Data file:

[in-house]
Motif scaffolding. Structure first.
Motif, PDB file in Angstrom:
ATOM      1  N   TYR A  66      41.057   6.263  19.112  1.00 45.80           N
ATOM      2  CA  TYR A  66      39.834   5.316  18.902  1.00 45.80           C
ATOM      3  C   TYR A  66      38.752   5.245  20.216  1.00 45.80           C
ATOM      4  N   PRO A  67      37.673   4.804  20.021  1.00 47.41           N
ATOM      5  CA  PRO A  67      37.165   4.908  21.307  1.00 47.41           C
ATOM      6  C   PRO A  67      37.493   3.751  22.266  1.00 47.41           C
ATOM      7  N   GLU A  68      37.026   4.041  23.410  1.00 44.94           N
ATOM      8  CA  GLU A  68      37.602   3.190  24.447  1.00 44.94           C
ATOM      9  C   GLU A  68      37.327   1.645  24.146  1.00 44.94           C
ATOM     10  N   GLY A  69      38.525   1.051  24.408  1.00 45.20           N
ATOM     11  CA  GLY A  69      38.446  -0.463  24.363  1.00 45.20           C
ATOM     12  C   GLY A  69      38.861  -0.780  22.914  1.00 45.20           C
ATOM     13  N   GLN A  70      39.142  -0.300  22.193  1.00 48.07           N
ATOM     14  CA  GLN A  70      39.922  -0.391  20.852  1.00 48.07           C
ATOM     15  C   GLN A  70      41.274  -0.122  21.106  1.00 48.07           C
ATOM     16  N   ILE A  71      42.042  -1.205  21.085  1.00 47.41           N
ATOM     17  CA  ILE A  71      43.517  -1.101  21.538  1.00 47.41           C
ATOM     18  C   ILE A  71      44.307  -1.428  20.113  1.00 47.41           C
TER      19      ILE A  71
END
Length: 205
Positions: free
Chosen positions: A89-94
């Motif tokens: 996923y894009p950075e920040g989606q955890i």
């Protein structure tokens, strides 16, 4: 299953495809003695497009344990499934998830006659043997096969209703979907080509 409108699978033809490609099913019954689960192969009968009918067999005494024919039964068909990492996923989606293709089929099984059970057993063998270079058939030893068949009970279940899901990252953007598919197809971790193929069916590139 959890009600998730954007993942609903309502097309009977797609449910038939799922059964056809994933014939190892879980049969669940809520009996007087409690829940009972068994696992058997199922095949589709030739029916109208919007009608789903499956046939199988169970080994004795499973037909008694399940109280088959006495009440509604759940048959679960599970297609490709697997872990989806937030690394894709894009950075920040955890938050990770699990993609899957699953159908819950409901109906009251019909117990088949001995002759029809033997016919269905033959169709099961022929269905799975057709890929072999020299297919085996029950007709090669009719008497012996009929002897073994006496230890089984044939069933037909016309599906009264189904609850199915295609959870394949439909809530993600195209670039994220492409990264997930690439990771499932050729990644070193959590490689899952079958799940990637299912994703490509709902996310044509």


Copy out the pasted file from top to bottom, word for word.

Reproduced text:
[in-house]
Motif scaffolding. Structure first.
Motif, PDB file in Angstrom:
ATOM      1  N   TYR A  66      41.057   6.263  19.112  1.00 45.80           N
ATOM      2  CA  TYR A  66      39.834   5.316  18.902  1.00 45.80           C
ATOM      3  C   TYR A  66      38.752   5.245  20.216  1.00 45.80           C
ATOM      4  N   PRO A  67      37.673   4.804  20.021  1.00 47.41           N
ATOM      5  CA  PRO A  67      37.165   4.908  21.307  1.00 47.41           C
ATOM      6  C   PRO A  67      37.493   3.751  22.266  1.00 47.41           C
ATOM      7  N   GLU A  68      37.026   4.041  23.410  1.00 44.94           N
ATOM      8  CA  GLU A  68      37.602   3.190  24.447  1.00 44.94           C
ATOM      9  C   GLU A  68      37.327   1.645  24.146  1.00 44.94           C
ATOM     10  N   GLY A  69      38.525   1.051  24.408  1.00 45.20           N
ATOM     11  CA  GLY A  69      38.446  -0.463  24.363  1.00 45.20           C
ATOM     12  C   GLY A  69      38.861  -0.780  22.914  1.00 45.20           C
ATOM     13  N   GLN A  70      39.142  -0.300  22.193  1.00 48.07           N
ATOM     14  CA  GLN A  70      39.922  -0.391  20.852  1.00 48.07           C
ATOM     15  C   GLN A  70      41.274  -0.122  21.106  1.00 48.07           C
ATOM     16  N   ILE A  71      42.042  -1.205  21.085  1.00 47.41           N
ATOM     17  CA  ILE A  71      43.517  -1.101  21.538  1.00 47.41           C
ATOM     18  C   ILE A  71      44.307  -1.428  20.113  1.00 47.41           C
TER      19      ILE A  71
END
Length: 205
Positions: free
Chosen positions: A89-94
């Motif tokens: 996923y894009p950075e920040g989606q955890i």
């Protein structure tokens, strides 16, 4: 299953495809003695497009344990499934998830006659043997096969209703979907080509 409108699978033809490609099913019954689960192969009968009918067999005494024919039964068909990492996923989606293709089929099984059970057993063998270079058939030893068949009970279940899901990252953007598919197809971790193929069916590139 959890009600998730954007993942609903309502097309009977797609449910038939799922059964056809994933014939190892879980049969669940809520009996007087409690829940009972068994696992058997199922095949589709030739029916109208919007009608789903499956046939199988169970080994004795499973037909008694399940109280088959006495009440509604759940048959679960599970297609490709697997872990989806937030690394894709894009950075920040955890938050990770699990993609899957699953159908819950409901109906009251019909117990088949001995002759029809033997016919269905033959169709099961022929269905799975057709890929072999020299297919085996029950007709090669009719008497012996009929002897073994006496230890089984044939069933037909016309599906009264189904609850199915295609959870394949439909809530993600195209670039994220492409990264997930690439990771499932050729990644070193959590490689899952079958799940990637299912994703490509709902996310044509």